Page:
This is a considerable change for the protection of biodiversity. Parliament definitively adopted, on Wednesday January 25, a text to combat high fences in natural areas, particularly in Sologne, in order to better protect wildlife and fight against the excesses of certain hunting practices.
The Assembly voted without modification, by ninety-eight votes against two, a bill by Senator Jean-Noël Cardoux (Les Républicains). “This is an important moment for our biodiversity”, assured the Secretary of State for Ecology, Bérangère Couillard. This text aims to “to put an end to more than 3,000 kilometers of fences which have devastated the landscapes of our Sologne and denatured whole sections of our woods and our forests in very many departments”.
In practice, it prohibits fences installed after 2005 (the year of the law relating to the development of rural territories) and exceeding 1.20 meters in height. The proposed law defines new models of fences that are better integrated into the natural environment and prohibits grazing (feeding of wild animals) and foddering in hermetic hunting enclosures.
Between 3,000 and 5,000 kilometers of fences in Sologne
The fences must allow the passage of fauna on the ground. The text provides that they cannot injure or be used to trap game. In order to prevent a “live clay pigeon shooting by which animals are killed without any chance of escaping”, underlined the rapporteur Richard Ramos, MP MoDem. However, there are exceptions for high fences to protect roads, railways or forest regeneration.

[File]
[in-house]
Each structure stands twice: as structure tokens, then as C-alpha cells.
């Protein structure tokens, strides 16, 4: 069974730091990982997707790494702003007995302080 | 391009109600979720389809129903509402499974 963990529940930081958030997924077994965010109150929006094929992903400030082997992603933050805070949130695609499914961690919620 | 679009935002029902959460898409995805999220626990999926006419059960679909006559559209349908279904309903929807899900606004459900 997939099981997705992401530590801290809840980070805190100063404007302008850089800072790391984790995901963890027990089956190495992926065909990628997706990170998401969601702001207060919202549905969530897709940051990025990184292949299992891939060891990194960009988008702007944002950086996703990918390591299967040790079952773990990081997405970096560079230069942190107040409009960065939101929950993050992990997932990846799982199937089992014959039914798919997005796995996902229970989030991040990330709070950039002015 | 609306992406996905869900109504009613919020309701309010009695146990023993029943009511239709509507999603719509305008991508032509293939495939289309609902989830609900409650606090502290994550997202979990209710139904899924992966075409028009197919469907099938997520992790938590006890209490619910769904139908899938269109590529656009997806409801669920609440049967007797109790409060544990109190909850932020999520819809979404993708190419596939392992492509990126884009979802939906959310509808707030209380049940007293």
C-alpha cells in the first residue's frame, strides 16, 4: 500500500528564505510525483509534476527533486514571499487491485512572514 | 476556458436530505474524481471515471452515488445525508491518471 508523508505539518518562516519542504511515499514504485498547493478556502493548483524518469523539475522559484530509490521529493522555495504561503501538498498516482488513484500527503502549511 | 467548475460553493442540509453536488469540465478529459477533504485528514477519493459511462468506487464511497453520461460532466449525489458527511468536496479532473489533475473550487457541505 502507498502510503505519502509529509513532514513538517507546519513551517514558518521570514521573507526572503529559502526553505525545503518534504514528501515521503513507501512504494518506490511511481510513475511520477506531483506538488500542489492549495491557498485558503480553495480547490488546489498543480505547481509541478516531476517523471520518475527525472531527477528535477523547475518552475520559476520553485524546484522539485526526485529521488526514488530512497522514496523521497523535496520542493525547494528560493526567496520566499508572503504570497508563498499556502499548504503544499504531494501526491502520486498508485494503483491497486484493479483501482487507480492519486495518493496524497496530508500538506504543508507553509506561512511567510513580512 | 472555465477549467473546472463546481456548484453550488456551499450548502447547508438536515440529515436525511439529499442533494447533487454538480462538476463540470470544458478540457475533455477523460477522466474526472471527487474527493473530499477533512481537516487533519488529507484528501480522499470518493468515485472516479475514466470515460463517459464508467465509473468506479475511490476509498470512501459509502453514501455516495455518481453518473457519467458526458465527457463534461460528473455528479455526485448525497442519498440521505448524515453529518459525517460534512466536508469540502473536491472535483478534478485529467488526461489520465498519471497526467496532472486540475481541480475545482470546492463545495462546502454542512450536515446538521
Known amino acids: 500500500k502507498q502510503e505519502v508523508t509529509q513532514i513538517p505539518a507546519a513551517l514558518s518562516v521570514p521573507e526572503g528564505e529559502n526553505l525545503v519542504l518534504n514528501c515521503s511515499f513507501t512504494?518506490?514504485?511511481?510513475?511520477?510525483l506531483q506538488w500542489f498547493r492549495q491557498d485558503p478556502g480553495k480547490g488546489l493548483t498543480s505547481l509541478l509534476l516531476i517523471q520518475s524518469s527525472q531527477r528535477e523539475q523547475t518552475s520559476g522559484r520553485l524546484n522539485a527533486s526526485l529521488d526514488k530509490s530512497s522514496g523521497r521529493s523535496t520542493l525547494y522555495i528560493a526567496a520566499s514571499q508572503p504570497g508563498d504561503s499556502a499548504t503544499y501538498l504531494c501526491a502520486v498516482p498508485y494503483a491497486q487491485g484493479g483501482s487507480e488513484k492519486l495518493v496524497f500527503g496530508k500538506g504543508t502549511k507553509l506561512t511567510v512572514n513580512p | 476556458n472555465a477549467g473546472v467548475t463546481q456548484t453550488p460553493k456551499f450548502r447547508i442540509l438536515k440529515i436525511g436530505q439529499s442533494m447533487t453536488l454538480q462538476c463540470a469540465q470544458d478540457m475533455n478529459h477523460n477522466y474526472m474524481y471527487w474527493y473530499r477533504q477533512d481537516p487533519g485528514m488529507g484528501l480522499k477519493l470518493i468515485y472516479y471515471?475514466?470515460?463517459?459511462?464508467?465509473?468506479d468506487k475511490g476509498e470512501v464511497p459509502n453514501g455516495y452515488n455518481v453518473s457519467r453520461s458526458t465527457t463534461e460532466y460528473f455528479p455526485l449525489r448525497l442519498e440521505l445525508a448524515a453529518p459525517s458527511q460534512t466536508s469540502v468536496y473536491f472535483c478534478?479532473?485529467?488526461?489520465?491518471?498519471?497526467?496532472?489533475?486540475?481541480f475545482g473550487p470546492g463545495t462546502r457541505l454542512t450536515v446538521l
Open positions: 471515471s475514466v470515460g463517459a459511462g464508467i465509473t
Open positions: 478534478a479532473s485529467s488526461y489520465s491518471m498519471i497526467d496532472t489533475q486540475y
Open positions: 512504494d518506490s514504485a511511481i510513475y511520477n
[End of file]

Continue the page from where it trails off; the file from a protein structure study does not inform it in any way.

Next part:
In Sologne, fences, sometimes enhanced with barbed wire to better contain deer, have multiplied in recent years, with between 3,000 and 5,000 kilometers of enclosures extending over this territory. The phenomenon is spreading more and more to other regions, from Picardy to the Landes, via Normandy or Brenne.
Renaissance deputy François Cormier-Bouligeon claimed a fight against the “great-enriching Sologne owners” : “We were the Davids against the Goliaths! “We consulted, gathered and mobilized both hunters and non-hunters, contemplative walkers, sportsmen and elected officials”, he said. The text had received the support of the National Federation of Hunters.
To compensate for the lowering of the fences and encourage their disappearance, the proposed law creates a fourth class fine (fixed fine of 135 euros, which can be reduced or increased) for entering private rural or forest property, a much criticized measure by the left.